For the average small business lacking access to an established base of leads and prospects or the financial wherewithal to establish one, online networking provides access to a cornucopia of opportunity. Notes Barry Brager, President of Perception Partners, an intellectual property licensing and marketing firm, and member of the Ryze network, "It makes it easy to meet friends and friends of friends from all over the world. There's an excellent profile feature that lets me search for contacts by location or expertise, or even those who had the same former employer. It's an efficient and effective way to use the Web to expand my global network and discover the interests of others."
-- Alf Nucifora, writing in the Denver Business Journal,
Ryze membership has helped Kamisugi professionally in generating leads for potential clients.
"I will see a CEO or a VP of a company that has an interesting product or service and I'll leave them a private message just to say, 'Hey I think it's great. Just to let you know, I do public relations.' Then, what happens is that person, before getting back to me, can go to my page to get a feel for who I am and if they like that and are interested in whatever I'm offering, they reply back to me," Kamisugi said.
He finds it is also a valuable tool for staying in touch with friends.
-- Erika Engle, writing for the Honolulu Star-Bulletin,
Ryze was launched in 2001 by Adrian Scott, an early investor in file-sharing site Napster. Ryze users create individual personality profiles for free on the company's site. It makes money by charging $9.95 a month for advanced searches.
Scott Stratten, a marketing consultant in Toronto, joined Ryze in June. He built a network of 470 others interested in marketing. Surfing through that network, he started e-mailing others with similar interests. Over five months, he landed 10 clients, doubling his customer list.
-- Jim Hopkins, writing for USA Today,
The model for these new offerings appears to be Ryze, the "business networking" site that seems to be about more than just business networking. Ryze members build a page about themselves, at the top of which they list what they "have" and what they "want."
-- Jimmy Guterman, writing for Business 2.0,
It's all about the bulletin boards. Join discussions by geography (1,146 members in New York when we visited) or professional identity, like venture capital and private equity, entrepreneurs and businesswomen. Or bond over subjects like Bay Area hiking, the lindy hop and gastronome. Some outside organizations, like the Korean American Society of Entrepreneurs, also host Ryze groups.
The availability of low-cost, high bandwidth tools like blogs or systems like Ryze, when coupled with the critical mass of millions of self-motivated, gregarious and eager users of the Internet, means social software is certain to make it onto "the next big thing" list. Investment groups are eager to find a successful business model in social software, and I am certain that there are many to be discovered in each of the three key areas that define social software.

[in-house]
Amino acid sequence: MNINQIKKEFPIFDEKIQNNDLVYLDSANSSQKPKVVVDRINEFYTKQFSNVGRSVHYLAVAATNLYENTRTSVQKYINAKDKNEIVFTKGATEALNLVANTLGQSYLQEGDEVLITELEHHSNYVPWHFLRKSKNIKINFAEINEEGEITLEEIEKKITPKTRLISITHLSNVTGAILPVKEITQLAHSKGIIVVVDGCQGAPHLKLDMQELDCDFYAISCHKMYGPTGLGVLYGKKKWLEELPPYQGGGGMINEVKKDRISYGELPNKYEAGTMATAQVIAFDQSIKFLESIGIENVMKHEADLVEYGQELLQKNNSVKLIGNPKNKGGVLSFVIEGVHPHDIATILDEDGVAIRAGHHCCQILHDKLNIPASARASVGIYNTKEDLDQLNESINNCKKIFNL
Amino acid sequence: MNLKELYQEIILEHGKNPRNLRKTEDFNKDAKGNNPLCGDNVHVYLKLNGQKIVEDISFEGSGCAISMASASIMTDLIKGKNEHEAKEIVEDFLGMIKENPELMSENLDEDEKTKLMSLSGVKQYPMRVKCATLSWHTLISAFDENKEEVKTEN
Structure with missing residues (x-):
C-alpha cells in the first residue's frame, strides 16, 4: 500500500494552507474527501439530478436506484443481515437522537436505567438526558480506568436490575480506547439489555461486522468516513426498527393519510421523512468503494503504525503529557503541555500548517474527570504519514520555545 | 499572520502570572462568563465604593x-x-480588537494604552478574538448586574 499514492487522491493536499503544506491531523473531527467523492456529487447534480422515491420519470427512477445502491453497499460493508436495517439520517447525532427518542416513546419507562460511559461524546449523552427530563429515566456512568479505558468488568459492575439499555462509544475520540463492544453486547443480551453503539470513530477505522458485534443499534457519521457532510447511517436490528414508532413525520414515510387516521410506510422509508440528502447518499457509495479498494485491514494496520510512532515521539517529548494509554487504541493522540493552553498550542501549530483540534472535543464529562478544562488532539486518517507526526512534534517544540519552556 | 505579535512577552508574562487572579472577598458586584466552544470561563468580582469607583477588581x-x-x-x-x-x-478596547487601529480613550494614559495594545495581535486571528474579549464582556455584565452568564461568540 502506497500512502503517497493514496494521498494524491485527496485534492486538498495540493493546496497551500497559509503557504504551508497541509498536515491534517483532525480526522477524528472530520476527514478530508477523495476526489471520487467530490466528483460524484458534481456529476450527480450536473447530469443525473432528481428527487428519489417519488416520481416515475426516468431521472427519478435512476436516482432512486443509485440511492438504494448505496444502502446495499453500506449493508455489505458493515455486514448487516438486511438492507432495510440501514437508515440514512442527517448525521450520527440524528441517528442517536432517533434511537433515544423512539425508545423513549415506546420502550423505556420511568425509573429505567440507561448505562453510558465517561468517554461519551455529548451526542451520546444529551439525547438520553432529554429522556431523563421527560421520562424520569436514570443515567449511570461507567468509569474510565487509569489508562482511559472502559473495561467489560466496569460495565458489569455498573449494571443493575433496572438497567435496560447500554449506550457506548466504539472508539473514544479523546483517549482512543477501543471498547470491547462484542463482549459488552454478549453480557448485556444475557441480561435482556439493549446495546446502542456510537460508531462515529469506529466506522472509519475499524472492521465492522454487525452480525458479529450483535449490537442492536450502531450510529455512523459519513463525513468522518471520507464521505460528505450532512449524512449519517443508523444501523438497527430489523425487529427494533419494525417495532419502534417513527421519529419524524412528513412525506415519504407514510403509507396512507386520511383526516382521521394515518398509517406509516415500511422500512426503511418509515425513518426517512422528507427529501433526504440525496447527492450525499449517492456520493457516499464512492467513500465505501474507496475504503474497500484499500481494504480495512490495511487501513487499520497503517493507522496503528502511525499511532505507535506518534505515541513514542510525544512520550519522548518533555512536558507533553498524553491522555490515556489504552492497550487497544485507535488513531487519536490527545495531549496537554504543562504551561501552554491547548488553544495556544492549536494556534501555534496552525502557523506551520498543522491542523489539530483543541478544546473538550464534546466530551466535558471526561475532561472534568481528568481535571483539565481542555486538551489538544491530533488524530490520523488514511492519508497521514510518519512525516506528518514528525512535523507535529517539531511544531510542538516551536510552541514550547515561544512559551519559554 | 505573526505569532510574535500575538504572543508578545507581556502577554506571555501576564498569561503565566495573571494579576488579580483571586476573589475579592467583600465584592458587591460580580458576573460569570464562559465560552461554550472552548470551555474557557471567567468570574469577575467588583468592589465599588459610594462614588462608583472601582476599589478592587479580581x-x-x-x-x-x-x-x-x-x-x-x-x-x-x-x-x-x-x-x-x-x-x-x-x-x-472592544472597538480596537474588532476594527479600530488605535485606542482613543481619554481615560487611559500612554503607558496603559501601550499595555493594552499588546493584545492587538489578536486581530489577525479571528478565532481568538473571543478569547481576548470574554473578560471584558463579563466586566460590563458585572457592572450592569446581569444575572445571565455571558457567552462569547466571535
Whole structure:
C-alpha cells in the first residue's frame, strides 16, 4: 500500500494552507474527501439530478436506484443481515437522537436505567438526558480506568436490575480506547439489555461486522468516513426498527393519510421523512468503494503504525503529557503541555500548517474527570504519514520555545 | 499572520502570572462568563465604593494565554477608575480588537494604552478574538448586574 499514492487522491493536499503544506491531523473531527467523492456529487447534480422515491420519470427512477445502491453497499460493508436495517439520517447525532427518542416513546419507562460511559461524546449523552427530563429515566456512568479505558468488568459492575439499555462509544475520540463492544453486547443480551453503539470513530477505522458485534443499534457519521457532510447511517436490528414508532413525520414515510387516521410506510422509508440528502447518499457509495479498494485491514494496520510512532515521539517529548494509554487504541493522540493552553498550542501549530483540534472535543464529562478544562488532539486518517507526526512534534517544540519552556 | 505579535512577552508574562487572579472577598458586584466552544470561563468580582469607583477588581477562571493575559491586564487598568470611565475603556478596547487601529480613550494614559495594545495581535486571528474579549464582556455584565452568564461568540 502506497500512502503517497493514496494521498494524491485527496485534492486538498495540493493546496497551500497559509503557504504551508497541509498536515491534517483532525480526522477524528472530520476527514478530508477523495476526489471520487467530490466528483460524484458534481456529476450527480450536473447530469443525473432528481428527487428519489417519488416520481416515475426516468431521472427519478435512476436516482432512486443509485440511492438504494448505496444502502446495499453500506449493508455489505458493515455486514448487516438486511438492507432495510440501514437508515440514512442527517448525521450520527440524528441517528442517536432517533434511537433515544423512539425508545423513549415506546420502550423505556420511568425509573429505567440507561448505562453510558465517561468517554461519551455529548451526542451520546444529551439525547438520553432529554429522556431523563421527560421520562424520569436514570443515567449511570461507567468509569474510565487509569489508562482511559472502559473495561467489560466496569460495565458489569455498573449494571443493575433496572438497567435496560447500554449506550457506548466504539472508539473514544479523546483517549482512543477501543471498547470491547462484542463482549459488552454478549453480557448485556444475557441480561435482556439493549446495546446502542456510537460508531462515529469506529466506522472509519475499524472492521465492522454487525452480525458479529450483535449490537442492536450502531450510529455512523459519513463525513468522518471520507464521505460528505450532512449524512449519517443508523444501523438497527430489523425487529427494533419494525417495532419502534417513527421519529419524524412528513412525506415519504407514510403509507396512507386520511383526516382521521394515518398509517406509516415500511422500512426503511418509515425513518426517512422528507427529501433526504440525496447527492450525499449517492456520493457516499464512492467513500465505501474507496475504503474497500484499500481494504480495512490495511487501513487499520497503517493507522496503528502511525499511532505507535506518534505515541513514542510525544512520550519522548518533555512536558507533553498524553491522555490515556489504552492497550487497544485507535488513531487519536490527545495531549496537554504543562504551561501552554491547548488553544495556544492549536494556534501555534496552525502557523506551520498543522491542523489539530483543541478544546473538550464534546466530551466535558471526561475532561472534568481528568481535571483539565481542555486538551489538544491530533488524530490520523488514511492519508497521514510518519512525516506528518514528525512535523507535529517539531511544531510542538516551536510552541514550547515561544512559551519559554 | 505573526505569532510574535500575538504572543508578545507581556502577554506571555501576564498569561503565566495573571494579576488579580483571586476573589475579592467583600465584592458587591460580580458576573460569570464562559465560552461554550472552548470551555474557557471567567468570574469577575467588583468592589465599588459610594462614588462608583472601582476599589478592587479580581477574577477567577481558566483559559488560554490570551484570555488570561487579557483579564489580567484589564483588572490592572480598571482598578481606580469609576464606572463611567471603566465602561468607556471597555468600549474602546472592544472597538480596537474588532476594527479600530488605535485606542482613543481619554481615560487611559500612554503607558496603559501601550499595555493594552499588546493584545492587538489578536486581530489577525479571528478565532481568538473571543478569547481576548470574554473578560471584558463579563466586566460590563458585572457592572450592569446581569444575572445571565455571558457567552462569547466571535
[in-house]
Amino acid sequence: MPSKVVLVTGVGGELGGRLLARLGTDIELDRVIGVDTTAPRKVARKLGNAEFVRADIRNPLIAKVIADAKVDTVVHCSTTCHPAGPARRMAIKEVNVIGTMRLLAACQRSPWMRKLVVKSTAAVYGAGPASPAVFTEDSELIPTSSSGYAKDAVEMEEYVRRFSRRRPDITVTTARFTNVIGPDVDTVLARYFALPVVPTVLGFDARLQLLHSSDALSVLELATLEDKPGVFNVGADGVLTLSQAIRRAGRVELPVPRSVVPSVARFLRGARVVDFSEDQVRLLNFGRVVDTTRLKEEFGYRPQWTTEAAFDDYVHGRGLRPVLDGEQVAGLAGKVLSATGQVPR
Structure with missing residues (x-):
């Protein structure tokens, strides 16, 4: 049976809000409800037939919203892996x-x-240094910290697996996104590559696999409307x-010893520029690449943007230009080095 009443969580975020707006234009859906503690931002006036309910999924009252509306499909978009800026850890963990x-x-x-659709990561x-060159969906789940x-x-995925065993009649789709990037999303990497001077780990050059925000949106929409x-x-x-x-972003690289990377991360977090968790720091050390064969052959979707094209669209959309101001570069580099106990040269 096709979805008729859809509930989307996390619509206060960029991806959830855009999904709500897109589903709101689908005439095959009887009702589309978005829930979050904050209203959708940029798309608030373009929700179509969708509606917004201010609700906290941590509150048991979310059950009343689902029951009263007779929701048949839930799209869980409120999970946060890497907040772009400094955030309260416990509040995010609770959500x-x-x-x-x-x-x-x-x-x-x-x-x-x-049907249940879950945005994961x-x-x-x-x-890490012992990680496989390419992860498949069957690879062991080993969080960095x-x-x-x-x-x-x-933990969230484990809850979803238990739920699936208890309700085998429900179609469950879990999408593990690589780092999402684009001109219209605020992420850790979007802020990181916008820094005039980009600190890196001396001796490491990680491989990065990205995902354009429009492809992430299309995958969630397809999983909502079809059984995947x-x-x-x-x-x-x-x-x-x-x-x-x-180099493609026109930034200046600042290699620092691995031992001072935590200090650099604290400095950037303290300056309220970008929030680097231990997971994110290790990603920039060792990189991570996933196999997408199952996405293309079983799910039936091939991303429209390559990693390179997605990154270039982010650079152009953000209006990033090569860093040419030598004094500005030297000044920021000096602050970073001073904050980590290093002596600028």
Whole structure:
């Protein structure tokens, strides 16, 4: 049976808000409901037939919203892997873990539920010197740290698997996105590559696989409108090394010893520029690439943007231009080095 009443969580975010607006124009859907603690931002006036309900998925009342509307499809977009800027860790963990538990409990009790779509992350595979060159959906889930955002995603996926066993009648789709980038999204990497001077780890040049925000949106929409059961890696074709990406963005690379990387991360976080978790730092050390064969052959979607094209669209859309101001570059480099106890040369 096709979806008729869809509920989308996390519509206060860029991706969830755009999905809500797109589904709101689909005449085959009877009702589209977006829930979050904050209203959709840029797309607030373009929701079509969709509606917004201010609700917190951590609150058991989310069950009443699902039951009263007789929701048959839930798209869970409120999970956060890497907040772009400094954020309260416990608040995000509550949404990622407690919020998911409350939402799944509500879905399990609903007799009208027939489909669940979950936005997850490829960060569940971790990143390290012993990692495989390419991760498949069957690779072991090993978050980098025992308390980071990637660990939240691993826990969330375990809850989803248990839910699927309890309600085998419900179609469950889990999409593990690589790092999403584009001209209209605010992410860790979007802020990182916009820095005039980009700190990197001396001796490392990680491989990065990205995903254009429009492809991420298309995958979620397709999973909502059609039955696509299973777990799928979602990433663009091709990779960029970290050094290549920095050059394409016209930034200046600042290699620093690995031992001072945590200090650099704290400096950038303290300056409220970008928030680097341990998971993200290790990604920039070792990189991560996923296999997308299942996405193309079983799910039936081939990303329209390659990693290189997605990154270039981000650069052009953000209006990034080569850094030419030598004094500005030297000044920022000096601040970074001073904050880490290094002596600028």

-- Stowe Boyd, writing for Darwin Magazine,
Independent workhorses have a hard time getting business. Sure, you can network with people you know and make connections with former co-workers, but today I'll show you a new way to get the networking ball rolling.
Ryze is a virtual business community where you can talk about your ideas and build relationships.
-- Cat Schwartz, reporting for TechTV,
New York Times Magazine
One night recently, Lou attended a monthly mixer sponsored by an online networking group called Ryze.com. Pronounced ''rise,'' the group describes its mission as ''helping each other 'rise up.'''
-- Jonathan Mahler, writing for The New York Times,
Seine Lektion bei Napster hat schließlich auch Adrian Scott gelernt. Scott war einer von Napsters ersten Investoren. Heute ist er Chef der Business-Plattform Ryze.com, die es Geschäftsleuten weltweit ermöglicht, unkompliziert Kontakte im Netz zu knüpfen.
-- Janko Rottgers, writing for the Frankfurter Rundschau,
New York Times
At Ryze.com, a networking group, members get a free profile page where they list their vitals, favorite quotations, hobbies, previous jobs and future career interests.
Then they can contact one another by sending private messages or by leaving notes in a guest book area on each page.
-- Abby Ellin, writing for The New York Times,
Vincent Lai carries things a step further than just showing up ahead of the crowd. This former business analyst, who has studied computer programming and is now considering a writing career,